Security and privacy need to come together

Plano, Tex. – The challenges around privacy and protecting personal data in the information age are increasingly tied to technology, particularly when it comes to compliance with regulations such as Canada’s Personal Information Protection and Electronic Documents Act (PIPEDA).

Peter Reid, chief privacy officer with global technology information provider EDS Corp., said far too many organizations have security and privacy as separate functions, in separate reporting structures. While his primary responsibility is ensuring EDS has policies and procedures in place to protect employee data, he also works with the consulting and sales teams to help them ensure the privacy of client data.

Speaking during a media briefing at the EDS headquarters, Reid said that security/privacy separation is the biggest challenge he faces when working with EDS clients. Generally the chief security officer (CSO) is part of the IT community and reports to the CIO, while the majority of chief privacy officers (CPO) come from a legal background, they’re attorneys and report into the general counsel.

“One of the challenges I have to address is to make sure the CPO interfaces with the CSO,” said Reid. “My big challenge is to make sure those two groups are communicating.”

With globalization and outsourcing, trans-border data flow is becoming the norm, and privacy regulations such as PIPEDA and other regulations in Europe requiring organizations to commit to handling data in certain ways, it’s important for that information to flow from the legal side to the IT side.

“Most CIOs are not aware of what they need to do to stay in compliance with these laws,” said Reid.

Internally, the company is eating its own cooking. EDS chief security and privacy officer, David Morrow has the responsibility for IT security, physical security and privacy, as well as crisis management, executive protection and health and safety. Morrow is responsible for setting standards and policies for EDS in all those areas, although the physical security functionality is outsourced as is IT security, in this case to EDS itself.

“In many ways I’m like the CSO at one of our large customers. I set the policies, provide the oversight, get the metrics, and I can feel client pain when talking to other CSOs from clients,” said Morrow. “I tell the CSOs of our clients the only advantage I have is I know where those guys live and I can go stand on their desk and yell at them if I have a problem.”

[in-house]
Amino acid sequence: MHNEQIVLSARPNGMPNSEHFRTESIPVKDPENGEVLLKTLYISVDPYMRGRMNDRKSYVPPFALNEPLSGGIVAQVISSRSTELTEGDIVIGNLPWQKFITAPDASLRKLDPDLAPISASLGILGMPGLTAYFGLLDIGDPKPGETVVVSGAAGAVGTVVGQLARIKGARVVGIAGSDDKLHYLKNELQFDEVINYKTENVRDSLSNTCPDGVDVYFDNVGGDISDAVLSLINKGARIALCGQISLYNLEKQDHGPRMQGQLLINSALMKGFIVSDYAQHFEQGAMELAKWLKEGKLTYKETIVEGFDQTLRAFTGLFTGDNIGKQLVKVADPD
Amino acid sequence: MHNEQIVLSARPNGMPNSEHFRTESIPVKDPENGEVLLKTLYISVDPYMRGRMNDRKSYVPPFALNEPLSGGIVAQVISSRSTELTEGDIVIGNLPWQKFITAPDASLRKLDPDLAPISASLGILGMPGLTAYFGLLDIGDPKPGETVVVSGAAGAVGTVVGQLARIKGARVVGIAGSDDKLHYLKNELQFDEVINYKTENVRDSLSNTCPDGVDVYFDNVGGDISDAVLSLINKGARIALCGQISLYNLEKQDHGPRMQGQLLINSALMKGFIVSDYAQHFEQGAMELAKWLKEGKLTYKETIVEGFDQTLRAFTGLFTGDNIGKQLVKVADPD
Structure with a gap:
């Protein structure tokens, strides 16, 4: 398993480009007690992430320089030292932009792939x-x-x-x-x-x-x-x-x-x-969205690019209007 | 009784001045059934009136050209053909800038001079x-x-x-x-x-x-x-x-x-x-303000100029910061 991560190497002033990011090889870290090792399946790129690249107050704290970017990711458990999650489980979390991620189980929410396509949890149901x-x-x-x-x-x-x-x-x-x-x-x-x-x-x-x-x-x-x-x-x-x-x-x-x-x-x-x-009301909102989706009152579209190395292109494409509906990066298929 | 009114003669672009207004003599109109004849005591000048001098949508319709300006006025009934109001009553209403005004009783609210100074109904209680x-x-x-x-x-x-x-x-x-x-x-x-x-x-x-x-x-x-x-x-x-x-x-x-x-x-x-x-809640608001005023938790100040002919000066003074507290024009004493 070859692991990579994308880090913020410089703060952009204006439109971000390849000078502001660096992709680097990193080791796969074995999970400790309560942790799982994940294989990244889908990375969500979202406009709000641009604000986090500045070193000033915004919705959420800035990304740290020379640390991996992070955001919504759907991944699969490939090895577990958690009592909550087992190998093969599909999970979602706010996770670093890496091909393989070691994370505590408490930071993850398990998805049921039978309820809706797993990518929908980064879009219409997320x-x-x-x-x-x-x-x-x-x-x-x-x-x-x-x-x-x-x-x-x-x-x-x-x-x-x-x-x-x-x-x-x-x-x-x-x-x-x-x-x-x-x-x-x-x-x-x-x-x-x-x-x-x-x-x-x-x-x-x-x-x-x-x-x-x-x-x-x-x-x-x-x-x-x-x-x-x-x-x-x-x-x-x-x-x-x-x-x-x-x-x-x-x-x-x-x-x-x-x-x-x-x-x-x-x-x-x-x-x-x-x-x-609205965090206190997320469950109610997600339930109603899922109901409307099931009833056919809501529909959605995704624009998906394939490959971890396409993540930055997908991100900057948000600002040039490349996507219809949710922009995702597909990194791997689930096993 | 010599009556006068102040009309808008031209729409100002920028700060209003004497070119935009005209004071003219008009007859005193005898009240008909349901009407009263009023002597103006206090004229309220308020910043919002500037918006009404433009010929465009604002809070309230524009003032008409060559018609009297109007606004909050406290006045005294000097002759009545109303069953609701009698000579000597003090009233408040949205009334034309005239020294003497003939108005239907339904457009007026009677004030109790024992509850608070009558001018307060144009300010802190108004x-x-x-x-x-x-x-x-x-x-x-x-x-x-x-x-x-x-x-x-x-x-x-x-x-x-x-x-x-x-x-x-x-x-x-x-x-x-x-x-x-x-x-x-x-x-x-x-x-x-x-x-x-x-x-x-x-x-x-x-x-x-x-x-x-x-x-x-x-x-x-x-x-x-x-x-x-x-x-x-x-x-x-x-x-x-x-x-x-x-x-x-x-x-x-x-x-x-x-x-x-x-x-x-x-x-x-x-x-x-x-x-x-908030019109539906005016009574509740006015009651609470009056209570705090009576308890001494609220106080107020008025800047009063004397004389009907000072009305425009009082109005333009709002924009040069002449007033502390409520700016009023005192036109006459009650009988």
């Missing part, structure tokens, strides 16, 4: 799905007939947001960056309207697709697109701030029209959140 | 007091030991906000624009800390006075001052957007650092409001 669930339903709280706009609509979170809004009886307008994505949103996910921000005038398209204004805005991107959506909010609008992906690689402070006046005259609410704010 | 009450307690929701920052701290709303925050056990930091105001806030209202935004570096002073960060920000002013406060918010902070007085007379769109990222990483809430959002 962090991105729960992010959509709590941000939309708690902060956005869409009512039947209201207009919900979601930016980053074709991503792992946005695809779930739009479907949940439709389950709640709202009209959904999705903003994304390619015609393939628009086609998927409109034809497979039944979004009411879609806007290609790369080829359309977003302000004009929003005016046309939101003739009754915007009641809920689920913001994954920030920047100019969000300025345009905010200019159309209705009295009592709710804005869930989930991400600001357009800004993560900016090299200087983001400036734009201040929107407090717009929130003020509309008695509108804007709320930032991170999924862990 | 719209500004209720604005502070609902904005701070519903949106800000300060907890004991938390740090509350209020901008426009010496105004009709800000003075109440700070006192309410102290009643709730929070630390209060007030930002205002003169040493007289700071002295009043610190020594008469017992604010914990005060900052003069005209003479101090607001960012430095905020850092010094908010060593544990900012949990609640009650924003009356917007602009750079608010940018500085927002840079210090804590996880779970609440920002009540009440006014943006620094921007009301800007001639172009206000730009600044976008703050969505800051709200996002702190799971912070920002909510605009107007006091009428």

Morrow’s office is part of a group created a few years ago at EDS called enterprise risk management, which brought privacy, IT security and physical security together into one organization. Bringing those functions together into a single group, said Morrow, leverages the synergies of both groups and overcomes the dis-advantages of stove piping them.

“Different groups talk about different challenges,” said Morrow. “For us, it’s a very strong model.”

As an example, for years Morrow said the advice of the IT security group to its employees in a Latin American country where EDS has a large data centre was to take their laptops home at night, so they could work from home or elsewhere in case of trouble. However, when a member of the physical security team visited the country, he observed the crime rate was high and it wasn’t uncommon for drivers to be pulled over and relieved of their laptops and other valuables at gunpoint at a traffic light.

“We’d never thought of that,” said Morrow. “We realized we’re putting our own people, and our data, at greater risk with our standard advice. Until we got those people in the same room we never would have known that.”

In its outsourcing and consulting service EDS is also moving into new areas. While the company previously just offered security as an embedded part of its other technology services, EDS is now beginning to offer security as a separate, discrete offering said Bryan Palma, vice-president, global information security with EDS.

Helped along by its acquisition of a UK-based integrator that played in the managed security provider space, Palma said EDS is now being called-in to consult on application security and identity management, and is offering discrete managed security services such as anti-virus and firewall as a separate service.

“We pulse our clients regularly on what they’re most interested in, and the number one thing was protection/security,” said Palma. “We have 2,500 people dedicated to security services within EDS, giving us larger size than other players in the space. It’s just a matter of changing market focus.”

Palma said with the consolidation that has been occurring in the security infrastructure space, the market is becoming more suited to a managed services model. He added it’s not threat or fear that is driving interest in security today, but rather more of a business focus.

“The pendulum has swung a little bit. After 2001 the big focus was on security and compliance; many organizations went into lockdown and overdid it,” said Palma. “EDS believes security should enable business. Too many security departments just say no and prevent business; we believe there needs to be a balance.”

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Jeff Jedras
Jeff Jedras
A veteran technology and business journalist, Jeff Jedras began his career in technology journalism in the late 1990s, covering the booming (and later busting) Ottawa technology sector for Silicon Valley North and the Ottawa Business Journal, as well as everything from municipal politics to real estate. He later covered the technology scene in Vancouver before joining IT World Canada in Toronto in 2005, covering enterprise IT for ComputerWorld Canada. He would go on to cover the channel as an assistant editor with CDN. His writing has appeared in the Vancouver Sun, the Ottawa Citizen and a wide range of industry trade publications.

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